Facebook

Facebook gives users 'more control' over news feed

The social network has been under intense scrutiny in recent years for how its algorithms promote content.

Now, it says it is testing controls to "adjust people's ranking preferences" and customise the feed.

That includes, for example, increasing the number of posts from friends and family, and decreasing those from groups and pages.

It will also make controls that already exist "easier to access", it said - such as the favourites and snooze features, which largely live inside a settings sub-menu.

Facebook to shut facial recognition system and delete 1bn ‘faceprints’

Facebook will delete the “faceprints” of more than a billion people after announcing that it is shutting down its facial recognition system due to the “many concerns” about using the technology.

Facebook announces name change to Meta in rebranding effort

Facebook CEO Mark Zuckerberg announced the social media giant will change the name of its holding company to Meta, in a rebrand that comes as the company faces a series of public relations crises.

Zuckerberg revealed the new name at Facebook’s annual AR/VR conference on Thursday, where he outlined the company’s virtual-reality vision for the future.

Facebook harms children and weakens democracy: ex-employee

Frances Haugen, a 37-year-old former product manager turned whistleblower, heavily criticised the company at a hearing on Capitol Hill.

Facebook however said Ms Haugen spoke about areas she has no knowledge of.

It comes amid growing scrutiny of the social media giant and increasing calls for its regulation.

Facebook is the world's most popular social media site. The company says it has 2.7 billion monthly active users. Hundreds of millions of people also use the company's other products, including WhatsApp and Instagram.

Gone in Minutes, Out for Hours: Outage Shakes Facebook

SAN FRANCISCO — Facebook and its family of apps, including Instagram and WhatsApp, were inaccessible for hours on Monday, taking out a vital communications platform used by billions and showcasing just how dependent the world has become on a company that is under intense scrutiny.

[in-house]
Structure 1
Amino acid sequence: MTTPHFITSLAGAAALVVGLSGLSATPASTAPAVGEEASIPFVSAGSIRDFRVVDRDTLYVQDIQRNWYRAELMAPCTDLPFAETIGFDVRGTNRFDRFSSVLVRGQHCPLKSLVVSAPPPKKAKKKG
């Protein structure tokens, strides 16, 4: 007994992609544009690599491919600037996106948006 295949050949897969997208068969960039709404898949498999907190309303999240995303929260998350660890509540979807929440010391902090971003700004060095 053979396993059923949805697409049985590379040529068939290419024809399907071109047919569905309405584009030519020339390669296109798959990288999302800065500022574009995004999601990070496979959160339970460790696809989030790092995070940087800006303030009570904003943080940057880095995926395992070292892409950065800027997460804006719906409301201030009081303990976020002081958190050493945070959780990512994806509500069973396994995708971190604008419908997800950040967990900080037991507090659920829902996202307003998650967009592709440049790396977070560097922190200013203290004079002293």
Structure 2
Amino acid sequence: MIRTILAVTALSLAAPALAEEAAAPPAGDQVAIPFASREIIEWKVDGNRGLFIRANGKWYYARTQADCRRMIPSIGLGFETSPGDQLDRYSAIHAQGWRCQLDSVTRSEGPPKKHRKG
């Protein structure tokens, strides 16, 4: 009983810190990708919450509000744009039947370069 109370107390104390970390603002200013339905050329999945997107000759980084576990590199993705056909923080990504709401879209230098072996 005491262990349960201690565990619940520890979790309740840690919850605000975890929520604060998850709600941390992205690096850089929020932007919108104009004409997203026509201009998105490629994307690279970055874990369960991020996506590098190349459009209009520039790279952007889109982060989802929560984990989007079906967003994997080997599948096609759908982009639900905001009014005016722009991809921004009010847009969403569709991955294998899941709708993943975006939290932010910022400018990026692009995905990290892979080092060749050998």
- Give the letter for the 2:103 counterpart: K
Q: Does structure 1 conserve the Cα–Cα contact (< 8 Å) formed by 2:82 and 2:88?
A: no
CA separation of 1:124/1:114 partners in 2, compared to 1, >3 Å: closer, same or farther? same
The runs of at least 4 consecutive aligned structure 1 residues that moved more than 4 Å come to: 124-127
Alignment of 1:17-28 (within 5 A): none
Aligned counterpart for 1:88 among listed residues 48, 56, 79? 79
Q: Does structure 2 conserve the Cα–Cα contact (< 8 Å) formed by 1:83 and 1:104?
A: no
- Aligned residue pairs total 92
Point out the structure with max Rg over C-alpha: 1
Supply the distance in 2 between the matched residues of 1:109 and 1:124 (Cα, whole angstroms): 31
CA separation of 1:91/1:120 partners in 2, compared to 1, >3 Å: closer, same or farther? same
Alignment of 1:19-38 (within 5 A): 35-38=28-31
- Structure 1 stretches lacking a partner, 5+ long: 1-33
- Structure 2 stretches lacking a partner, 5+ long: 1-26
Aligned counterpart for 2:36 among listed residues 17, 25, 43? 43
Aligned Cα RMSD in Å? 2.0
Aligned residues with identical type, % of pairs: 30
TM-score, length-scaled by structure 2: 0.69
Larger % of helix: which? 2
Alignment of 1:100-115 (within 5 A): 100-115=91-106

Facebook, Instagram, WhatsApp go down

"We're aware that some people are having trouble accessing our apps and products," Facebook said on Twitter. "We're working to get things back to normal as quickly as possible, and we apologize for any inconvenience."
Outage tracking site Down Detector logged tens of thousands of reports for each of the services. Facebook's own site would not load at all for about an hour on Monday; Instagram and WhatsApp were accessible, but could not load new content or send messages.

‘I Am Digital’ promotes positive online experiences

Save the Children is partnering with Facebook to deliver a campaign across the Pacific entitled, ‘I Am Digital’, specifically directed at issues that concern young people from local communities and where they are seeking reliable support. 

Shairana Ali, CEO of Save the Children Fiji, said, “In the Pacific region, children with access to the internet and social media are often left unsupervised. There is an urgent need to educate and empower our children on digital safety.” 

The ‘I Am Digital’ online safety campaign will run for five weeks. 

New WhatsApp policy to share user data with Facebook draws backlash

WhatsApp alerted users to the controversial change to its privacy policy via an in-app notification which asks them to agree to share personal data, including their phone number and IP address, with Facebook.

“By tapping Agree, you accept the new terms, which take effect on February 8, 2021,” the notification states, adding “After this date, you’ll need to accept the new terms to continue using WhatsApp. You can also visit the Help Center if you would prefer to delete your account."

Users who do not accept the new policy by February 8 will lose access to their accounts.

EU reveals plan to regulate Big Tech

Fresh restrictions are also planned to govern their use of customers' data, and to prevent the firms ranking their own services above competitors' in search results and app stores.

The measures are intended to overhaul how the EU regulates digital markets.

Large fines and break-ups are threatened for non-compliance.

It is proposed that if companies refuse to obey, they could be forced to hand over up to 10% of their European turnover.

Facebook Oversight Board reveals its first cases

All involve decisions originally made by the platform to remove user content.

They include images of female breasts in a post about breast cancer, and an image of a dead child alongside text about whether retaliation was justified against China for its treatment of Uighur Muslims.

The board said Facebook users had submitted 20,000 suggested incidents for review since October 2020.

The arbitration body is inviting the public to comment on the cases - which have all been anonymised - over the next seven days.